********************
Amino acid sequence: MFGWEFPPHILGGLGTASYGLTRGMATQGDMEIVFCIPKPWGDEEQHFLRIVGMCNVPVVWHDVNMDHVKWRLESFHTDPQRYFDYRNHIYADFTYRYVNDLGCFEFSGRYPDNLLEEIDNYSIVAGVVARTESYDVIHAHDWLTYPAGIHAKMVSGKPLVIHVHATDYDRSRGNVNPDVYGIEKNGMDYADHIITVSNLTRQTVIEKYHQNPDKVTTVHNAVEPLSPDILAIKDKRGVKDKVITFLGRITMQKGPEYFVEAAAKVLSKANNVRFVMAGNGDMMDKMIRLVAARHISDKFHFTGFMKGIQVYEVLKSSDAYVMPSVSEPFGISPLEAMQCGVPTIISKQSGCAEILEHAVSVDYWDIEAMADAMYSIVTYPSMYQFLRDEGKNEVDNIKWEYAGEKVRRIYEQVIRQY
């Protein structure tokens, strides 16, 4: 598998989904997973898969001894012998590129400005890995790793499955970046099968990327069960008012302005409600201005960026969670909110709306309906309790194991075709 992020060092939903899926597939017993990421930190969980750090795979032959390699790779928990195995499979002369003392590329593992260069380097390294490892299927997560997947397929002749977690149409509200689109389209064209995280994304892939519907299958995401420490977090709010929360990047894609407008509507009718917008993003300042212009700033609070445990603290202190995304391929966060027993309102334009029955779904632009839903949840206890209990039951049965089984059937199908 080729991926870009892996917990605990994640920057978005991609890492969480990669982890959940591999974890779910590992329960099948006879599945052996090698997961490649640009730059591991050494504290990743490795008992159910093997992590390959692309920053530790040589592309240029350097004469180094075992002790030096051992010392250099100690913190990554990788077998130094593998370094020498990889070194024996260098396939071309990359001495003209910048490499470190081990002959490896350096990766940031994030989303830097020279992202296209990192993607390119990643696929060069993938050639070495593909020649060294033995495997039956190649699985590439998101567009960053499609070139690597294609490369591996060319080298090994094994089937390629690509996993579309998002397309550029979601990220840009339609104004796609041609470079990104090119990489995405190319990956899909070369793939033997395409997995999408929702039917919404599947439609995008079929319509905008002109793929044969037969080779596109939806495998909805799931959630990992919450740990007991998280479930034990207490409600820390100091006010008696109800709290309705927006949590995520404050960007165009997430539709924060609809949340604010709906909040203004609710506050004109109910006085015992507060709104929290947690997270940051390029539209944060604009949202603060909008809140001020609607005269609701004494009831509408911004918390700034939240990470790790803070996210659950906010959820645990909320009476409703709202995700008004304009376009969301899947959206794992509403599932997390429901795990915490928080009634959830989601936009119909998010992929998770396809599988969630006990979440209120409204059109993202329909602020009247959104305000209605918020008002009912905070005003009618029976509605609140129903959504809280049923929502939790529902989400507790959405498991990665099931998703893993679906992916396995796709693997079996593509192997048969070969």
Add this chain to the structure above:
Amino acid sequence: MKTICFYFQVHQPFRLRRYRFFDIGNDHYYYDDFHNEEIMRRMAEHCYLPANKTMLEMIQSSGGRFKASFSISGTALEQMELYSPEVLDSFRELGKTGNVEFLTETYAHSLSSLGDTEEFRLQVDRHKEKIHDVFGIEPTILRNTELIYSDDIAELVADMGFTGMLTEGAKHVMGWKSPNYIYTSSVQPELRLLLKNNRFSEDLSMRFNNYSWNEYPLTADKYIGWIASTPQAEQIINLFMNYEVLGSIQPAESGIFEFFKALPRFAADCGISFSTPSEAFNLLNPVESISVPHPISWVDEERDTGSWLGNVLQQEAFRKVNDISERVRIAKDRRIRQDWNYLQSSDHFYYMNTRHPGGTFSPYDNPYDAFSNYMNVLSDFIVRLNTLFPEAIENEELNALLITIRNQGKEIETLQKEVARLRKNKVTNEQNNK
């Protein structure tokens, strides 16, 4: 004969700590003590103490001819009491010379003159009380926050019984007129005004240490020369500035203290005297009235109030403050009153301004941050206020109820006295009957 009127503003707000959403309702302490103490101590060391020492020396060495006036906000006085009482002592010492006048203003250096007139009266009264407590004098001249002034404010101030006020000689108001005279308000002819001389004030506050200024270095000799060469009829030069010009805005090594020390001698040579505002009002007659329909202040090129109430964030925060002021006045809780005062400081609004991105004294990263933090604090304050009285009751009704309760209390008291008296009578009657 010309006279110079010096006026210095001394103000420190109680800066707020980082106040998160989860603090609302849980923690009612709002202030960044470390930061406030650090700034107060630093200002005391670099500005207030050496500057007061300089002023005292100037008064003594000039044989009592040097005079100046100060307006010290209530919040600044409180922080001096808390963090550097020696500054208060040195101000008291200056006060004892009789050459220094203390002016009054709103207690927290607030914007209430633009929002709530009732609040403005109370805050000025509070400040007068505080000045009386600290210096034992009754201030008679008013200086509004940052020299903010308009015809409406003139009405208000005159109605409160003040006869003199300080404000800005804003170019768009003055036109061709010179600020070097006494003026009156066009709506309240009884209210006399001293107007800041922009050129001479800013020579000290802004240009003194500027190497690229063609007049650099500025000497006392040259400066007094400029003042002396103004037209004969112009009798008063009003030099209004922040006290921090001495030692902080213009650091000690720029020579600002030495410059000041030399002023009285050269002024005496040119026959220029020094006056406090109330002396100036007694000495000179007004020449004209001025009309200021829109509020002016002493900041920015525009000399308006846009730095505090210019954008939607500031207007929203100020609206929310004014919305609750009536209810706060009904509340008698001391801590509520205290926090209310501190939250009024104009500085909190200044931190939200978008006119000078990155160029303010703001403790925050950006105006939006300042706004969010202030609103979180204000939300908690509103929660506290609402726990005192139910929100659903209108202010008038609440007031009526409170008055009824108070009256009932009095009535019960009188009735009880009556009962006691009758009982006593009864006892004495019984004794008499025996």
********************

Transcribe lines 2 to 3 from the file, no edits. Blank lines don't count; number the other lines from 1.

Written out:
């Protein structure tokens, strides 16, 4: 598998989904997973898969001894012998590129400005890995790793499955970046099968990327069960008012302005409600201005960026969670909110709306309906309790194991075709 992020060092939903899926597939017993990421930190969980750090795979032959390699790779928990195995499979002369003392590329593992260069380097390294490892299927997560997947397929002749977690149409509200689109389209064209995280994304892939519907299958995401420490977090709010929360990047894609407008509507009718917008993003300042212009700033609070445990603290202190995304391929966060027993309102334009029955779904632009839903949840206890209990039951049965089984059937199908 080729991926870009892996917990605990994640920057978005991609890492969480990669982890959940591999974890779910590992329960099948006879599945052996090698997961490649640009730059591991050494504290990743490795008992159910093997992590390959692309920053530790040589592309240029350097004469180094075992002790030096051992010392250099100690913190990554990788077998130094593998370094020498990889070194024996260098396939071309990359001495003209910048490499470190081990002959490896350096990766940031994030989303830097020279992202296209990192993607390119990643696929060069993938050639070495593909020649060294033995495997039956190649699985590439998101567009960053499609070139690597294609490369591996060319080298090994094994089937390629690509996993579309998002397309550029979601990220840009339609104004796609041609470079990104090119990489995405190319990956899909070369793939033997395409997995999408929702039917919404599947439609995008079929319509905008002109793929044969037969080779596109939806495998909805799931959630990992919450740990007991998280479930034990207490409600820390100091006010008696109800709290309705927006949590995520404050960007165009997430539709924060609809949340604010709906909040203004609710506050004109109910006085015992507060709104929290947690997270940051390029539209944060604009949202603060909008809140001020609607005269609701004494009831509408911004918390700034939240990470790790803070996210659950906010959820645990909320009476409703709202995700008004304009376009969301899947959206794992509403599932997390429901795990915490928080009634959830989601936009119909998010992929998770396809599988969630006990979440209120409204059109993202329909602020009247959104305000209605918020008002009912905070005003009618029976509605609140129903959504809280049923929502939790529902989400507790959405498991990665099931998703893993679906992916396995796709693997079996593509192997048969070969």
Add this chain to the structure above: